Tokyo, Japan - The Tokyo Olympic and Paralympic Games, which were due to start on July 24, have been postponed for a year after an extended period of what seemed to many a state of denial among the government, the Tokyo organising committee and local officials.
The decision to postpone the games for a year followed a conference call on Tuesday evening in Japan between the International Olympic Committee (IOC) head Thomas Bach, Prime Minister Shinzo Abe, Tokyo 2020 organising committee head Yoshiro Mori and Tokyo Governor Yuriko Koike.
Bookmakers around the world had been offering odds on bets for weeks that the games would not be taking place as scheduled, but Koike was still insisting in mid-March that postponement or cancellation was "inconceivable."
Government ministers and organising committee members were taking a similar line as recently as Monday as teams pulled put of the games, when Abe conceded that postponement was an option in light of the accelerating global coronavirus pandemic.
"Things have spiralled out of control in the US and Europe very quickly in the last couple of weeks and there has been a realisation that the COVID crisis wasn't something going to be a month-long issue that would stay in East Asia," Stephen Nagy, a senior associate professor of politics and international relations at Tokyo's International Christian University told Al Jazeera.
"There probably was a realisation that the games needed to be postponed, but the most crucial part of the equation for Japan is that it wasn't cancelled. That would be fundamentally different political baggage to postponement," says Nagy.
Experts say that while the games have involved a huge economic investment they are also an opportunity to put Japan in the international spotlight.
"It is a very important for Japan to show that it has but a model of success different to China's, a liberal democratic society that can hold the games without heavy handed authoritarianism," Nagy said. "By cancelling, it would lose all those cards."
Japan's relatively successful containment of the virus, despite being one of the first countries outside China to be hit with multiple infections, may have contributed to the assumption that the games could have gone ahead.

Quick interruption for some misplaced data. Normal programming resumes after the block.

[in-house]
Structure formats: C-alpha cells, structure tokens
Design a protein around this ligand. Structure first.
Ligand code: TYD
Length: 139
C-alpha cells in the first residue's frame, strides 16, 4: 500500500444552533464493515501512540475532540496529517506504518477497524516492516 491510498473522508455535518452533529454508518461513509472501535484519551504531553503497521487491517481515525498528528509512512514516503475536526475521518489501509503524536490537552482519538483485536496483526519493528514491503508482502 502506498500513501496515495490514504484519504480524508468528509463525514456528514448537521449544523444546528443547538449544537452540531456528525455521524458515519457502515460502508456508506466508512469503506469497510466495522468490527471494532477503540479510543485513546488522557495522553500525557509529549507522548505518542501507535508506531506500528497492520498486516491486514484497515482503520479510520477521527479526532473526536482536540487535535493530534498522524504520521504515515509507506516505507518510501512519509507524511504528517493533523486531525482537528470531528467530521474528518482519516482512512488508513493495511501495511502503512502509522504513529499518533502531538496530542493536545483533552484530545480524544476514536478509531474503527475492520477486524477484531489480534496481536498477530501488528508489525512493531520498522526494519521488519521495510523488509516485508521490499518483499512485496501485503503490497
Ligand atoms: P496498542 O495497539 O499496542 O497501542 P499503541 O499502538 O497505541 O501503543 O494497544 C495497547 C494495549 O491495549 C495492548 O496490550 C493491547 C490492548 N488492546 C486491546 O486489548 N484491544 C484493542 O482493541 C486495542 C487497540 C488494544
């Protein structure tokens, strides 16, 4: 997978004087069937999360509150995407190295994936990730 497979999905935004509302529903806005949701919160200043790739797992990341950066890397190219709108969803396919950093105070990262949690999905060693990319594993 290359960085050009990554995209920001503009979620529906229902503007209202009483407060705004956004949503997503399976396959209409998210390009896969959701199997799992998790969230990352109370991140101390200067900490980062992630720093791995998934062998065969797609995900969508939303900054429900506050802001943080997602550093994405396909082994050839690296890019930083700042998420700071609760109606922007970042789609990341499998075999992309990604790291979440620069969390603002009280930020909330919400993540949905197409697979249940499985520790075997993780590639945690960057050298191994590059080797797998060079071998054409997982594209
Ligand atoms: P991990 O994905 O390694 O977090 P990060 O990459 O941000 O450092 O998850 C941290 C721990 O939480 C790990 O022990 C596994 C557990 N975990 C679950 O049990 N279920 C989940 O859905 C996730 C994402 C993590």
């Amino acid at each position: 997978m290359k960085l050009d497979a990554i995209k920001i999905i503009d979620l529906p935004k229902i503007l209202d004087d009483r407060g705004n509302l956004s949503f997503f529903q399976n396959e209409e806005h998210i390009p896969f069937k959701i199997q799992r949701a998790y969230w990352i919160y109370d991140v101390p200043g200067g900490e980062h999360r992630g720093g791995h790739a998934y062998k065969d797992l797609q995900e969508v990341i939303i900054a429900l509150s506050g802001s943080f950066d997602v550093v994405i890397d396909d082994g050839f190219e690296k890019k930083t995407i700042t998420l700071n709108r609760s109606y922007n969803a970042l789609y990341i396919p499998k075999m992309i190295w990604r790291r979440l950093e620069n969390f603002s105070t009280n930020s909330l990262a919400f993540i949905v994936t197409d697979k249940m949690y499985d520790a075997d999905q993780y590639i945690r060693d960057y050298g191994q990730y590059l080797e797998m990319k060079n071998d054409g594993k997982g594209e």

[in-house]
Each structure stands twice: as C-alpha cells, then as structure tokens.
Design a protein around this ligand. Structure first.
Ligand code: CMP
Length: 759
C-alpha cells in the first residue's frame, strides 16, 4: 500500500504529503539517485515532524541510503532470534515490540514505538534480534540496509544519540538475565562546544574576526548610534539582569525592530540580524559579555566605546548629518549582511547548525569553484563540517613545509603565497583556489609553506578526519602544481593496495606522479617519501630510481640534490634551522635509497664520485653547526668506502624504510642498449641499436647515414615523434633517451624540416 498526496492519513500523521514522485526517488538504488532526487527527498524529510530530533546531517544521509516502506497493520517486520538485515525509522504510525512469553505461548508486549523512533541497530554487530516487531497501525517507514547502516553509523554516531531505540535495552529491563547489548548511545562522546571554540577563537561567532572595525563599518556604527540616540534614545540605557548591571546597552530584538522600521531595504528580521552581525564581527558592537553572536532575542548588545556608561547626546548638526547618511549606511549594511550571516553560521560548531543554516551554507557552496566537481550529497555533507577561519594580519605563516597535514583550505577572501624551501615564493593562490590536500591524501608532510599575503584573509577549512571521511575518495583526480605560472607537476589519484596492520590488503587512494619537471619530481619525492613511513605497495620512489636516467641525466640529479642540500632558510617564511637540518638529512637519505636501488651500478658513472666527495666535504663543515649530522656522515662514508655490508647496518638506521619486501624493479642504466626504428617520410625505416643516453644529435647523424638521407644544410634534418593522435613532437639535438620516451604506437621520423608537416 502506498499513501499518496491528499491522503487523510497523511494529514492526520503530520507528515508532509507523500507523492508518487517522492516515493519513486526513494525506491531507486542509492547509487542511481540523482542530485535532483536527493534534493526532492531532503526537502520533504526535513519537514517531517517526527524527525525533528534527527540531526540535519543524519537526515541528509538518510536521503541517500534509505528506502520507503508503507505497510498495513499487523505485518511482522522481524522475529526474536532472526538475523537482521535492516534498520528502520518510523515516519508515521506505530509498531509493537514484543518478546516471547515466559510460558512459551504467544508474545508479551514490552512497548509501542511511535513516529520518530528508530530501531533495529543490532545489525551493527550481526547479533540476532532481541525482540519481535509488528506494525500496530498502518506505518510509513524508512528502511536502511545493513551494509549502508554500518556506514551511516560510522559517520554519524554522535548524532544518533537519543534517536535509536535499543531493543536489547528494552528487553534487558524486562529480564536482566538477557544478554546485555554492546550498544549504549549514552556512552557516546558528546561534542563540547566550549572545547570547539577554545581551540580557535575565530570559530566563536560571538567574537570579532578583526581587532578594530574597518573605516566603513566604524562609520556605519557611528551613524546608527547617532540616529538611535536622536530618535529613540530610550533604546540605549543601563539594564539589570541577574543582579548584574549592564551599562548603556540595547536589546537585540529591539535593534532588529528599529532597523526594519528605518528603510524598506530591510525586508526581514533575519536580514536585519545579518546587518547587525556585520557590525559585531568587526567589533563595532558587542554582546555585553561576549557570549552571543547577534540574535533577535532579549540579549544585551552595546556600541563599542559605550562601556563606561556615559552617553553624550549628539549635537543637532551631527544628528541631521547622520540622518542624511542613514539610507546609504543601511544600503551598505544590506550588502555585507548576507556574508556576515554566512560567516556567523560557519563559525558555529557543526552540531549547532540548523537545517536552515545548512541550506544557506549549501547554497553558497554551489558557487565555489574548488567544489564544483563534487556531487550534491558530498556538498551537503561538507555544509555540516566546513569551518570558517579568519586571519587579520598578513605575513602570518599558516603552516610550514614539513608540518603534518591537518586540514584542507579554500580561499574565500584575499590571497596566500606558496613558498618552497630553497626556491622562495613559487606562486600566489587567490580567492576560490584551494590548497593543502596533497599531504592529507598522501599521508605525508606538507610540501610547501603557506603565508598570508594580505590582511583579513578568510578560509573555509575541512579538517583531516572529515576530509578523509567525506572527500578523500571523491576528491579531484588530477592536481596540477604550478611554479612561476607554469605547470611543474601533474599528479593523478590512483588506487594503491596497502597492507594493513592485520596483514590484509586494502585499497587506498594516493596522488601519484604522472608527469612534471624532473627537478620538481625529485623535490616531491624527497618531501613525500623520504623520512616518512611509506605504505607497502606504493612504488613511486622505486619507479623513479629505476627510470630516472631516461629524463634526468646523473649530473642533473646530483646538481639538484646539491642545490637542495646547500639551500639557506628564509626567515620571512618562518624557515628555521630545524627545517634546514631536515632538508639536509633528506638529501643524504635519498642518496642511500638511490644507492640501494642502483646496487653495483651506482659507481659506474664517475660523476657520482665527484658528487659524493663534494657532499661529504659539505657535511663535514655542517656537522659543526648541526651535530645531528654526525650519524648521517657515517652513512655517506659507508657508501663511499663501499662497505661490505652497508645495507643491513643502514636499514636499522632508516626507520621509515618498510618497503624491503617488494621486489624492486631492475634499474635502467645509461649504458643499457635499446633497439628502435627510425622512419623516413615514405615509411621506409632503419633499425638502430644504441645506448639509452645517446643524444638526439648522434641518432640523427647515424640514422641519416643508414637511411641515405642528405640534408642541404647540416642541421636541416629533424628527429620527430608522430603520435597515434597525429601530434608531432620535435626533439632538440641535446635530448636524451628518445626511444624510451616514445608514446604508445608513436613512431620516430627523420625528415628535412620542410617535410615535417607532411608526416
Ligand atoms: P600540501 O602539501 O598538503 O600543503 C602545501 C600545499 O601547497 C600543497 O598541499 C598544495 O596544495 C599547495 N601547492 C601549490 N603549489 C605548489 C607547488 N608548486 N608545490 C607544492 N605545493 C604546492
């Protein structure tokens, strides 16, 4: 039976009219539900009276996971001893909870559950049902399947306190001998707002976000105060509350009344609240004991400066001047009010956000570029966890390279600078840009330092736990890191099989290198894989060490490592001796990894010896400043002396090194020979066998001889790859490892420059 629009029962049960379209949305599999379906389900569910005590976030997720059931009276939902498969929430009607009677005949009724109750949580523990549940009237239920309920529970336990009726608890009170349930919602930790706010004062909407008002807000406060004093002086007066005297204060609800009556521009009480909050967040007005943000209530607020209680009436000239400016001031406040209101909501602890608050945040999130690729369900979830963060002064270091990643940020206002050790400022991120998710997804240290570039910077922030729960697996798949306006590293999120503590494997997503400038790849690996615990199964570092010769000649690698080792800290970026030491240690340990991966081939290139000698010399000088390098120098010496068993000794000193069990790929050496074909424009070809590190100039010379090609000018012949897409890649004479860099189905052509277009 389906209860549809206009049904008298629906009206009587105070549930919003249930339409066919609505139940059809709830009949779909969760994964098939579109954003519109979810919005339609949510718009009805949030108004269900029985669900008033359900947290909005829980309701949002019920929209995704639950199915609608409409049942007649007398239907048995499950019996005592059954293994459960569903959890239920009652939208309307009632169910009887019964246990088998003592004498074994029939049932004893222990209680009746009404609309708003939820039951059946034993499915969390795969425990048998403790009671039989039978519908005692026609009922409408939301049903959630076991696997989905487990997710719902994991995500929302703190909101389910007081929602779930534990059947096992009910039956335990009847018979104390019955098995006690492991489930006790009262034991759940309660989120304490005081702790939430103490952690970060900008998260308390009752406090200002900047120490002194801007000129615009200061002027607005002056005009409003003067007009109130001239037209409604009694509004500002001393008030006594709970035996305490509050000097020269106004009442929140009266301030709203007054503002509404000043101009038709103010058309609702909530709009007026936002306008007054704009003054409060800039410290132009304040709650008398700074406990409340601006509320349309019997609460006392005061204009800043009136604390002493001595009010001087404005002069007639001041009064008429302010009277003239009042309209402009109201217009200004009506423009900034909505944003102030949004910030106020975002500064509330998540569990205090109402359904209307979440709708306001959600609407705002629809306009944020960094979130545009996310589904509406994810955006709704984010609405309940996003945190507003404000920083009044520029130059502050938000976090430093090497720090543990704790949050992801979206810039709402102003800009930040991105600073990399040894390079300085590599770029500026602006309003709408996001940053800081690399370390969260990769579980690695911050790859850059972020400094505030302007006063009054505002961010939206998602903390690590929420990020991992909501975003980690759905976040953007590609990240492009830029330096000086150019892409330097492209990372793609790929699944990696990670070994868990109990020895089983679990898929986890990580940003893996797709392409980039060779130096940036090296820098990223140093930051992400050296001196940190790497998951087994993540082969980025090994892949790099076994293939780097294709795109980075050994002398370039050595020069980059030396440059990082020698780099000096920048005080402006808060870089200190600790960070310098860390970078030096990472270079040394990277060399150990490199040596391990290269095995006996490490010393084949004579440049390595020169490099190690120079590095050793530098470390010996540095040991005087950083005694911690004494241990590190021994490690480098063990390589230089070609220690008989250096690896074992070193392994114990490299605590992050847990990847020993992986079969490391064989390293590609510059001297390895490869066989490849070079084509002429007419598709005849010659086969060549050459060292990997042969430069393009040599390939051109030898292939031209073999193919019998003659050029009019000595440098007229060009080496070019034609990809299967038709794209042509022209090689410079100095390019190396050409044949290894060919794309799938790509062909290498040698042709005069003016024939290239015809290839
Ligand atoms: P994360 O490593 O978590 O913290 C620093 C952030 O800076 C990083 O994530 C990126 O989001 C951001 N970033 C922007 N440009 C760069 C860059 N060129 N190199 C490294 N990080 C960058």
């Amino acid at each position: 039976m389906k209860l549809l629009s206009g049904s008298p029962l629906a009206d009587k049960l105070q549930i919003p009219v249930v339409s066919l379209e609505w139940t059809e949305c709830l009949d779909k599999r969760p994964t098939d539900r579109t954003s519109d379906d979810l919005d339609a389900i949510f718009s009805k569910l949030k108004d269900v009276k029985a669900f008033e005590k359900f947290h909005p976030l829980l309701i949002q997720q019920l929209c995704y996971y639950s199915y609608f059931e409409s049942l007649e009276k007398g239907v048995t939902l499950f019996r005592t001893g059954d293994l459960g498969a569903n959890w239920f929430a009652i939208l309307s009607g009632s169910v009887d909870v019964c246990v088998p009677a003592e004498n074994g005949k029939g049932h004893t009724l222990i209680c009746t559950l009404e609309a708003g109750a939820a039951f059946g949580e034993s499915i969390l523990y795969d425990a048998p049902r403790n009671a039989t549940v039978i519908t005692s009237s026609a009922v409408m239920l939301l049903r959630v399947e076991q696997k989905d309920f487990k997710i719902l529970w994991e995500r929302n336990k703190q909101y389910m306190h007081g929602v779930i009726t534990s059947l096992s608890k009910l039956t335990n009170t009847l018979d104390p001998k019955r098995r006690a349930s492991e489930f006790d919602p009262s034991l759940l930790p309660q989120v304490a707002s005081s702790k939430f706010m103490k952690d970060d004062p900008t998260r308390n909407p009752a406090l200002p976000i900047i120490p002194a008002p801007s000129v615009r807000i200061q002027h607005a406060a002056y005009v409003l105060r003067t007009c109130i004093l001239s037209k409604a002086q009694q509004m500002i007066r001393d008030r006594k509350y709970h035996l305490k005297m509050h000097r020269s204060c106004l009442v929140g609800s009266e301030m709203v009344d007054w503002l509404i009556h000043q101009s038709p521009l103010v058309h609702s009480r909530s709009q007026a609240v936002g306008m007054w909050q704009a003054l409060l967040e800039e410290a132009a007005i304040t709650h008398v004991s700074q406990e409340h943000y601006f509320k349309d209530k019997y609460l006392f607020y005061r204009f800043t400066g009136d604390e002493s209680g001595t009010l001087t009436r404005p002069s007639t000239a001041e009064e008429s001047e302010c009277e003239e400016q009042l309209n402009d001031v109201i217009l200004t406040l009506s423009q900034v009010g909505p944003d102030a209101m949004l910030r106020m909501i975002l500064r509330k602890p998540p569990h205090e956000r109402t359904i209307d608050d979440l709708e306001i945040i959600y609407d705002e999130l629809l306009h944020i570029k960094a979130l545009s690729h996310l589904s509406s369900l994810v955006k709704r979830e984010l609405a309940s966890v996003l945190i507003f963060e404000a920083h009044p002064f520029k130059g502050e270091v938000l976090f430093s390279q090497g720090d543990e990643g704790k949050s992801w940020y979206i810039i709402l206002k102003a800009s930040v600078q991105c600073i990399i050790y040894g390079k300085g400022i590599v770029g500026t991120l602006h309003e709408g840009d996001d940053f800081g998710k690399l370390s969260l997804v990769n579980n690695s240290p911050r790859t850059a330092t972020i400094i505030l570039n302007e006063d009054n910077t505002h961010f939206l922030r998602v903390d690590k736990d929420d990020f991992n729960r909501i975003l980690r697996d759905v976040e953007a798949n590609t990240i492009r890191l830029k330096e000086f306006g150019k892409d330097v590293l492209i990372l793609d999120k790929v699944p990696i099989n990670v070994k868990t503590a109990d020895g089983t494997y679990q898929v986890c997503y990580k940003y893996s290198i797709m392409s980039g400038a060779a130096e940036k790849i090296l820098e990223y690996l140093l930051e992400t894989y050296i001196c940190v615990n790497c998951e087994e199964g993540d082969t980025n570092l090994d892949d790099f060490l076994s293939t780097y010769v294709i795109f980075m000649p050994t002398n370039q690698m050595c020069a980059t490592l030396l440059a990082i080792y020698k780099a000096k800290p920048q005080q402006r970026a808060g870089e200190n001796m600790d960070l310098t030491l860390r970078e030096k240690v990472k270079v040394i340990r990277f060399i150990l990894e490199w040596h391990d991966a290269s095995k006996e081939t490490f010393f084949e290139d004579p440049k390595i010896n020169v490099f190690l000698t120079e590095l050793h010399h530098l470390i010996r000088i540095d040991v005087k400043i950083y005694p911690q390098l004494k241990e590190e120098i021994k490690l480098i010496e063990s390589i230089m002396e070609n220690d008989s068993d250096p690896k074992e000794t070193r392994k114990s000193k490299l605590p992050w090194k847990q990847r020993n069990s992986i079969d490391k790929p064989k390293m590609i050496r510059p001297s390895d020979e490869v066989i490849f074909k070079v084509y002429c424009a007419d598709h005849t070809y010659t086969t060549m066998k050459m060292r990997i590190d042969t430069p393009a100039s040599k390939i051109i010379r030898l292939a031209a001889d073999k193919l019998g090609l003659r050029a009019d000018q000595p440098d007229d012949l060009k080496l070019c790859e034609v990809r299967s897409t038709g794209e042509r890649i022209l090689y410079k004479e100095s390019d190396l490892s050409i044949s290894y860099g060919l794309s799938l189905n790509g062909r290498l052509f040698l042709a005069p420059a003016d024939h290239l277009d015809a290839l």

The first case in Japan was diagnosed in mid-January and by the end of the month, there were 17 confirmed infections, but the virus has since spread much slower than in other countries and the death rate has remained low.
Tokyo itself has just 162 reported cases and three deaths, while the entire greater metropolitan area, with a population of more than 40 million, has fewer than 350 cases and nine deaths, as of March 24. The nationwide infection rate has held steady at about nine per million people. In comparison, New York has confirmed more than 20,000 cases and Italy, Switzerland and Luxembourg all have infection rates of more than 1,000 per million people.
While there has been concern about the low numbers of tests being carried out in Japan, any large clusters of undetected infections should have resulted in numerous deaths. Age is a factor: 28 percent of Japan's population is over 65 - the highest proportion in the world.
Life in Tokyo has been largely business as usual, with shops, restaurants and clubs quieter but still open.
Tetsuya Kataoka, who works as a driver for a massage service and a DJ in Tokyo's upscale Ginza district, says the number of customers is down for both, but not dramatically.
"It's a mystery as to why more people aren't getting infected. During the Spanish flu pandemic in 1918, deaths in Japan were low; some think it is because of the Japanese diet," said Kataoka.
Low infection rates
Experts have been confounded by Japan's low infection rates.
A number of factors appear to be at play. The lack of handshakes and hugging in a culture where physical contact between even family members is relatively rare has likely helped prevent the virus' spread.
However, this does not explain there have not been outbreaks among commuters travelling on Tokyo's packed trains. Despite some companies introducing teleworking early on and the closure of schools since March 2, the trains remain busy during rush hours.
One reason could be the Japanese people's conscientious attitude towards personal hygiene.
Wearing masks to protect against hay fever, colds and influenza has long been common practice. And since the outbreak began in the country in February mask-wearing has been universally adopted while most shops, offices and public facilities have installed hand sanitisers.
Preliminary figures suggest this year's seasonal flu cases are down between 30 and 40 percent due to the additional precautions which some believe have helped stanch the spread of the coronavirus.
In late February, London mayoral candidate Shaun Bailey suggested that the British capital could host the Olympics in Tokyo's place. But in the space of a few weeks the situation has changed dramatically - an influx of athletes, spectators and officials from the UK and other countries for the games this year would have been a distinct health risk to Japan, given the high infection rates in Europe and North America.
Hosting the Olympics has become a central part of the political legacy of governor Koike and Abe, notes Nagy.
Koike's national political ambitions were thwarted by a disastrous showing in national elections in 2017 by a new party she had founded, leaving the ambitious leader to focus on leaving her mark on the Japanese capital.
Meanwhile, Abe became Japan's longest-serving prime minister in November last year. His term as prime minister is due to end in September 2021, shortly after the curtain comes down on the rescheduled Olympics.
"Abe would very much like to leave on a gold medal bang," said Nagy.